Monday, May 26, 2014


Note: This was a homily I gave on the weekend of May 25th, 2014. If you would like to readings for the day that I used you can find them here. While not necessary they are a good aid for what follows.

“Be prepared to give an account of the hope in in you … with gentleness and reverence” (1 Pet 3:15-16a). I've recently been able to visit the school where I grew up and the school from my internship. In going to these classrooms the kids eventually open up to me with various questions. Things from as simple as “Why do you wear all black?” and “Why do you wear a collar?” to questions as deep and penetrating as “Why did Jesus have to die for us?” and “Why did Jesus have to come when he did?” It reminds me all the more, especially as I grow older: “Be prepared to give an account of the hope in you.” Our hope is in Jesus Christ, through whom all things were created. How do we come to know the source and reason for our hope? By keeping his commandments, Jesus says, and in keeping them close to our hearts we will also grow in love of Him.

Still others may ask us, “Why do you believe in Jesus? Why do you waste your time on Sunday? Why don't you choose for yourself what's right and what's wrong?” While not necessarily the case, these questions will come from those who neither believe in Jesus not know Him. Nevertheless these are all questions that we need to answer for ourselves.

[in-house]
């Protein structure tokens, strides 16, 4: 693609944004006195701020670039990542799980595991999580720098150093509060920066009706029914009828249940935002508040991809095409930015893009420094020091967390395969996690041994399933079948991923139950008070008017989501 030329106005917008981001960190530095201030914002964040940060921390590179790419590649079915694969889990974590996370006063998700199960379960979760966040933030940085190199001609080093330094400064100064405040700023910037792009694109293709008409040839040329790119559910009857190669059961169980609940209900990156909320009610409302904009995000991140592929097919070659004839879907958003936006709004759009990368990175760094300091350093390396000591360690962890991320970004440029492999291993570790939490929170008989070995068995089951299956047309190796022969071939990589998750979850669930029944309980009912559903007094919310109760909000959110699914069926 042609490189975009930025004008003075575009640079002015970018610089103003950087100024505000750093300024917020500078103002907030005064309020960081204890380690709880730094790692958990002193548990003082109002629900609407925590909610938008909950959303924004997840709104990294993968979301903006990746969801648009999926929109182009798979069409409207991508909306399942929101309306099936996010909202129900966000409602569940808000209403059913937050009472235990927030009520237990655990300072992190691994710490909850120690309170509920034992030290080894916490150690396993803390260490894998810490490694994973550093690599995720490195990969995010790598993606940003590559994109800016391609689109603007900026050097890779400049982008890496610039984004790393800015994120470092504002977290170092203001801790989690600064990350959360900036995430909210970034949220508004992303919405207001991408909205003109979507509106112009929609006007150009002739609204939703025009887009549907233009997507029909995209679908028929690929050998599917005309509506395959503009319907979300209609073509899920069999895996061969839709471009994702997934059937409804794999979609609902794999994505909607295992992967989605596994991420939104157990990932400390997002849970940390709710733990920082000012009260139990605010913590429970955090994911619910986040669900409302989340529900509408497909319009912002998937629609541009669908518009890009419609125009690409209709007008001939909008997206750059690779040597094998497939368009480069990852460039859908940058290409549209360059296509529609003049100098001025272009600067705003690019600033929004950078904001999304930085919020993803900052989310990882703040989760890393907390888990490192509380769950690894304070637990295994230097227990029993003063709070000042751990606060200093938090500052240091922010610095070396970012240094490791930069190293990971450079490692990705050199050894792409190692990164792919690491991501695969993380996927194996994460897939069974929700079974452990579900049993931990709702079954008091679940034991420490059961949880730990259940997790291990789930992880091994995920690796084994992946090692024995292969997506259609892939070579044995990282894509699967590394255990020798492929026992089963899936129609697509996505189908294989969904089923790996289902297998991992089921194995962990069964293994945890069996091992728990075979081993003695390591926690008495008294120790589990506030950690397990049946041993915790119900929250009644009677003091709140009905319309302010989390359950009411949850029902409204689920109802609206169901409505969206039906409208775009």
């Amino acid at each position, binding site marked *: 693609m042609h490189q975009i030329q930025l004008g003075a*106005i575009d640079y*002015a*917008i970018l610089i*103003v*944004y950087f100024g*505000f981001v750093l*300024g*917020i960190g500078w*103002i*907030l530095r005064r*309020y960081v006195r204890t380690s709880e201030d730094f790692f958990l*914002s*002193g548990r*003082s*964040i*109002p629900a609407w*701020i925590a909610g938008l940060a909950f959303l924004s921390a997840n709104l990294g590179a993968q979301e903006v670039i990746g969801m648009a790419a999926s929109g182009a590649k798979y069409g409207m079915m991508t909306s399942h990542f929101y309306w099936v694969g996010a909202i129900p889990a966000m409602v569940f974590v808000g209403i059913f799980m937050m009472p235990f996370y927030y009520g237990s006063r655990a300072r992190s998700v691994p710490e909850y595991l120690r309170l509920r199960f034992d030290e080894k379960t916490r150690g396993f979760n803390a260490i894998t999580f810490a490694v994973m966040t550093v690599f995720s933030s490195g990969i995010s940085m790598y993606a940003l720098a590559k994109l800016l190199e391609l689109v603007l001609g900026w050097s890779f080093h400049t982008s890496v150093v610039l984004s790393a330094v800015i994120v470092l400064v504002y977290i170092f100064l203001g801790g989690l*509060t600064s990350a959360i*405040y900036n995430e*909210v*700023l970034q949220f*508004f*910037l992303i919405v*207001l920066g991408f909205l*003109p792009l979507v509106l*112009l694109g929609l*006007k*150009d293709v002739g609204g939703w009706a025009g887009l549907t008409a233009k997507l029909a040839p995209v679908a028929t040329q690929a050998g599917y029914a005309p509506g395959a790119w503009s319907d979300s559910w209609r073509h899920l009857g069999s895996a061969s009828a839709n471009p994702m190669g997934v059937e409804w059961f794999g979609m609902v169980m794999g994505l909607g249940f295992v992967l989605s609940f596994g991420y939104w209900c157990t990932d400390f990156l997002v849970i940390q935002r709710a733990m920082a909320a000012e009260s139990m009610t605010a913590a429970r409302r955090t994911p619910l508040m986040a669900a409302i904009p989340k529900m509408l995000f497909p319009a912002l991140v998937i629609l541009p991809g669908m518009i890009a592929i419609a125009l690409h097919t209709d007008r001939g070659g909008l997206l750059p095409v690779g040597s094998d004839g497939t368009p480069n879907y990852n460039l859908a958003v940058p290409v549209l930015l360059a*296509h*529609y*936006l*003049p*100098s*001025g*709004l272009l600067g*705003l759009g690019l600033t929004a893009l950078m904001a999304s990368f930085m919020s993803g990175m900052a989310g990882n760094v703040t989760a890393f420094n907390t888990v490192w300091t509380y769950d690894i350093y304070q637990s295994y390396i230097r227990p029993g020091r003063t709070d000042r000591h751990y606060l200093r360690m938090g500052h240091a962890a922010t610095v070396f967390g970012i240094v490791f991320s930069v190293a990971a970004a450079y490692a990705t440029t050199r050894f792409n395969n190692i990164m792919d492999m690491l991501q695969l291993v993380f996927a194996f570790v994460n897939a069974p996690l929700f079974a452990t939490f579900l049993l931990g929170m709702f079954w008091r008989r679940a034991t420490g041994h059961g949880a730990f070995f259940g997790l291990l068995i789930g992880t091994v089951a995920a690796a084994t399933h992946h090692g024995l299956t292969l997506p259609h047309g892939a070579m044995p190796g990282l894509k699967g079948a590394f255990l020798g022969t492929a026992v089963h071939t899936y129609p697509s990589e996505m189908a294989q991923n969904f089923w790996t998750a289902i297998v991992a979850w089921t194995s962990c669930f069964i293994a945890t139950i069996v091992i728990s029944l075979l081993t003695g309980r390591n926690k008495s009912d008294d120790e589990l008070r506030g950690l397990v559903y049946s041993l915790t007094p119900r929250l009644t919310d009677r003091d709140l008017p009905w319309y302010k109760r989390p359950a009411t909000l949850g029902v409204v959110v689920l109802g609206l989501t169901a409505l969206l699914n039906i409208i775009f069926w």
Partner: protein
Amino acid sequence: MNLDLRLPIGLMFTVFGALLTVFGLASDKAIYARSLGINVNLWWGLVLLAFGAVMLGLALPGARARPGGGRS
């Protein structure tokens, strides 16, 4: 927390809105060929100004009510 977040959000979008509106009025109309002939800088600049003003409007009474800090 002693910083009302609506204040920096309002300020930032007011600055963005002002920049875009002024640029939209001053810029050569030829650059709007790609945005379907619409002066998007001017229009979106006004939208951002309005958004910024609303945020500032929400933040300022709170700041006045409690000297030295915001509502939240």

Jesus, however, has not left us as orphans. He has given us an Advocate, the Holy Spirit. This is the same Spirit who spoke through the prophets and the holy Apostles, the Spirit who is “the giver of life.” Jesus promises us the same Spirit. How then does He send this Spirit? It is no mistake that in our first reading from the Acts of the Apostles (cf. Acts 8:5-17) those who came to believe in Christ received the Holy Spirit from Peter and John. Phillip brought the word of Christ to Samaria—a land to the north—and those who heard came to believe. Yet they sent for Peter and John who were in Jerusalem, in the south, to visit them. They prayed for the Holy Spirit to visit them and they accomplished this task by the laying on of hands.
While not necessarily the route Peter and John took, it's important to recall the animosity between Samaria and Jerusalem dating back many centuries (at that time) and that the notion of both those of Jewish and Samaritan descent would be united was quite unusual.